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FSA fines Scottish broker £335,204 for insurance fraud and bans his wife

The Financial Services Authority has fined Donald McKee Morgan, a partner in the Scottish firm of Donald Morgan Insurance Services, £335,204 for committing insurance fraud.

He has also been banned from carrying out any regulated financial services activity in the future.

Donald Morgan’s wife, Janet Morgan, who was the only other partner at DMIS, has also been publicly censured and banned from carrying out regulated financial services. Janet Morgan took no active part in the affairs of the firm, and failed to notice her partner’s fraudulent activity.

An FSA investigation found that, in an attempt to support the firm’s finances, Donald Morgan deliberately kept insurance premium payments from a number of DMIS’s clients which should have been paid to a broker network.

In order to conceal his fraudulent conduct from the broker network, Donald Morgan falsified monthly reports and manipulated the computer systems at DMIS. Donald Morgan then used the premium monies to pay staff salaries and to fund his lifestyle.

Donald Morgan informed the FSA of his misconduct in August 2010 after realising the financial situation at DMIS was not going to improve and he was not going to be able to repay the money he had misappropriated. He cooperated fully with the FSA throughout its investigation.

The financial penalty consists of a punitive element of £112,700 and £222,504 for disgorgement of financial benefit.

Donald Morgan agreed to settle at an early stage of the FSA’s investigation and therefore qualified for a 30% discount. Were it not for the discount, the punitive element of the penalty would have been £161,000 and the total fine £383,504.

Tom Spender, head of retail enforcement at the FSA, says: “Donald Morgan abused his position as an approved person and also abused the trust placed in him by his clients and business partners. Fortunately, his clients were never left uninsured, but his actions were unacceptable and the Network suffered significant financial loss as a result.

“Insurance brokers must adhere to our rules, ensure customers are treated fairly and trust in the industry is maintained. But Donald Morgan’s actions left much to be desired and that is why he has incurred a significant fine.”


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  • HW 14th May 2012 at 11:41 am

    I loved the comment by Tom Spencer (FSA) “and the Network suffered significant financial loss as a result.”

    What about the thousands and thousands of pounds of procuration fees lost by brokers/advisers when networkds have crashed? FSA – the silence is deafening.

  • Glen McKeown 13th May 2012 at 6:40 pm

    I think a little more attention should be paid to the fact that the wife was innocent of any wrong doing and still gets banned, presumably because she was a co-partner. If she took no active part in the firm, it is hardly a surprise that she failed to notice the fraud, so a ban appears to be gratuitous.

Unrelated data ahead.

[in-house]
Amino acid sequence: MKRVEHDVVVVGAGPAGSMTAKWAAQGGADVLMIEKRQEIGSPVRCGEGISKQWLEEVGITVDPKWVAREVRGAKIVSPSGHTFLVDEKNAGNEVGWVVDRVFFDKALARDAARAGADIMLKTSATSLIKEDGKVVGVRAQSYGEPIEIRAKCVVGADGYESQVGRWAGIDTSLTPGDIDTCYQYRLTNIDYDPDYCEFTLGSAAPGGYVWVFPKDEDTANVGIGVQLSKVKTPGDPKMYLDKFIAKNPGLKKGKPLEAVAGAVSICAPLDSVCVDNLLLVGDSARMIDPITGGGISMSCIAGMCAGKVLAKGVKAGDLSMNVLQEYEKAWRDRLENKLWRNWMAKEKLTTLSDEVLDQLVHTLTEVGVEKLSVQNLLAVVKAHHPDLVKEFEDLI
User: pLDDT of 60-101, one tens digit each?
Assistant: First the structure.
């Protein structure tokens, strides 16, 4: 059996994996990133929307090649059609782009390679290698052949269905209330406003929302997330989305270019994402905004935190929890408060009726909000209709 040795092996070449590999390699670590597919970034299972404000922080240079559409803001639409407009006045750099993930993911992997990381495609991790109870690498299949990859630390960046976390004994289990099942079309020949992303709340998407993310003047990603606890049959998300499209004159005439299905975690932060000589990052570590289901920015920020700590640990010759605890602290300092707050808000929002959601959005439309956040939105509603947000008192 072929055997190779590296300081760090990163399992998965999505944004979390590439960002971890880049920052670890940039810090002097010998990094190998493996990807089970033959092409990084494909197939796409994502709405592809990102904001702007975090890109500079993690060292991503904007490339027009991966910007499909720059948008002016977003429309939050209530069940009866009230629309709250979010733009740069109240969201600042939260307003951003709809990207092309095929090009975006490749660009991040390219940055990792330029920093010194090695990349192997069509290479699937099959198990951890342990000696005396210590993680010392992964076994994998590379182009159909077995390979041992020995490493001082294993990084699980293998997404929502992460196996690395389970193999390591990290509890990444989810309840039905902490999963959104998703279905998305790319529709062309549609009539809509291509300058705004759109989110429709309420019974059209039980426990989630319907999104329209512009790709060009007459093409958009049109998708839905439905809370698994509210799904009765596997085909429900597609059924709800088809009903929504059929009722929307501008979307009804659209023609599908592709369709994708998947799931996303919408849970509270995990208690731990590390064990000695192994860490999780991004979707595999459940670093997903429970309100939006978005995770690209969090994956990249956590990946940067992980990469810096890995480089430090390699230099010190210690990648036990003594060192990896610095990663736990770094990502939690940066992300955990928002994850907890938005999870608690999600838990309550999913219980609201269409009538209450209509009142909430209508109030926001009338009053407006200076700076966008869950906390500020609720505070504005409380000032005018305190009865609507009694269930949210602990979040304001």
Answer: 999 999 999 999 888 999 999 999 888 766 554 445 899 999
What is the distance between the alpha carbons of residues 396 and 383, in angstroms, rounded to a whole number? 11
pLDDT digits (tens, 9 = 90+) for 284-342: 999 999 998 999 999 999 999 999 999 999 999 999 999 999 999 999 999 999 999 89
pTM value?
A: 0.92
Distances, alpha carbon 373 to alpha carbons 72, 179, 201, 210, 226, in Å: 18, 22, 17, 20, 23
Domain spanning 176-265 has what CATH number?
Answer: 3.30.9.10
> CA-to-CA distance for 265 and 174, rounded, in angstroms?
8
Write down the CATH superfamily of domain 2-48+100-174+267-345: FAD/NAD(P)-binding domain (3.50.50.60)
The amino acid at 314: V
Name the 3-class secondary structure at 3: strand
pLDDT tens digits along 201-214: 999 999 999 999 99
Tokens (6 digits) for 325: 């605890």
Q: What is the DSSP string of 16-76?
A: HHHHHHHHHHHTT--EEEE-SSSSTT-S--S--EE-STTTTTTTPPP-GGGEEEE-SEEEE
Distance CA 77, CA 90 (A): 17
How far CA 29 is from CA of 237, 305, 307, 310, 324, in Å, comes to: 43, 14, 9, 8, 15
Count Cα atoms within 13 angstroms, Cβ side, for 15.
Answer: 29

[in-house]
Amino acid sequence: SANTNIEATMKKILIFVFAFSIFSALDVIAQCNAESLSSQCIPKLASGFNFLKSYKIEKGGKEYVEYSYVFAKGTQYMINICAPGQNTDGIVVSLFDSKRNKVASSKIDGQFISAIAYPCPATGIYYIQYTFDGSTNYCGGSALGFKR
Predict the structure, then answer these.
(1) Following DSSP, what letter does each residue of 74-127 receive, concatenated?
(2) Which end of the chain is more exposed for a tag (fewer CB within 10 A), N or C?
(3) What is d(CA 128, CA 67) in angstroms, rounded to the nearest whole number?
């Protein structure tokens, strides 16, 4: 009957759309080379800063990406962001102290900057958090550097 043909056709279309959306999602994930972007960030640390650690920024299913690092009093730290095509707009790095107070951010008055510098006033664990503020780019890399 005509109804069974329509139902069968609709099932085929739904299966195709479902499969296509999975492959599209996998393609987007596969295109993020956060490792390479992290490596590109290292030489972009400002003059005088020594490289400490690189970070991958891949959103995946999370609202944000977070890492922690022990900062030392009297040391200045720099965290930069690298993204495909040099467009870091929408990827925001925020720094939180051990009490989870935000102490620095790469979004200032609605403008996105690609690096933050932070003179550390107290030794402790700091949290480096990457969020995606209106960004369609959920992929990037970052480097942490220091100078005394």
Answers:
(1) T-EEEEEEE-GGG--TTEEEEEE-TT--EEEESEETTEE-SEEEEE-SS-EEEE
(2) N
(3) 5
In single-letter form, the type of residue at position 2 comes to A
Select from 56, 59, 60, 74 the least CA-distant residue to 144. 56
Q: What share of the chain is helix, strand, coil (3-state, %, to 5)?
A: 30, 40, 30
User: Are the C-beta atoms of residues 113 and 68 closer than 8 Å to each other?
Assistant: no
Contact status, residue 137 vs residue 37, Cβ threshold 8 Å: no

Do all partners know completely what their other partners are doing at all times? If not they obviously should, which raises the question of the cost of administering the partnership in such a way that this knowledge is always available and seen. Regulation never comes cheap, but is the process cost effective?
    And what type of computer system exists in that “broker network” that allows such a level of fraud? If the co-partner has been disciplined, why is there no report of the “broker network” also being disciplined? They didn’t even know about the fraud until it was admitted, so how can the public have much confidence in those systems. And they cannot plead ignorance.
    Fraud will always occur, which is why systems should be as tamper free as possible. And why the eventual judgement should appear to tackle all the miscreants, but only the miscreants. One does get the impression that the FSA get a little excited by such cases and are a little too happy to lash out indiscriminately. Hardly professional.

  • Jim 11th May 2012 at 5:16 pm

    So what happens if he doesnt have that amount of money to pay the fine. How would it be enforceable?

  • Anon 11th May 2012 at 5:13 pm

    What would happen if he doesnt (and I highly doubt he does) have that sort of cash?

    How is it enforcable?

  • We're all doomed!! 11th May 2012 at 3:44 pm

    Who says he has £335k, Sam? That’s the amount he has been fined – doesn’t mean he has that kind of cash, does it!

  • Sarah 11th May 2012 at 12:32 pm

    This gives honest brokers a bad reputation, he is lucky he didnt go to prison, how on earth did he expect to get away with it.

  • Sam Jones 11th May 2012 at 11:59 am

    I don’t get it, he has £335K to pay a fine, but not enough money to repay the misappropriated funds, or staff salaries etc?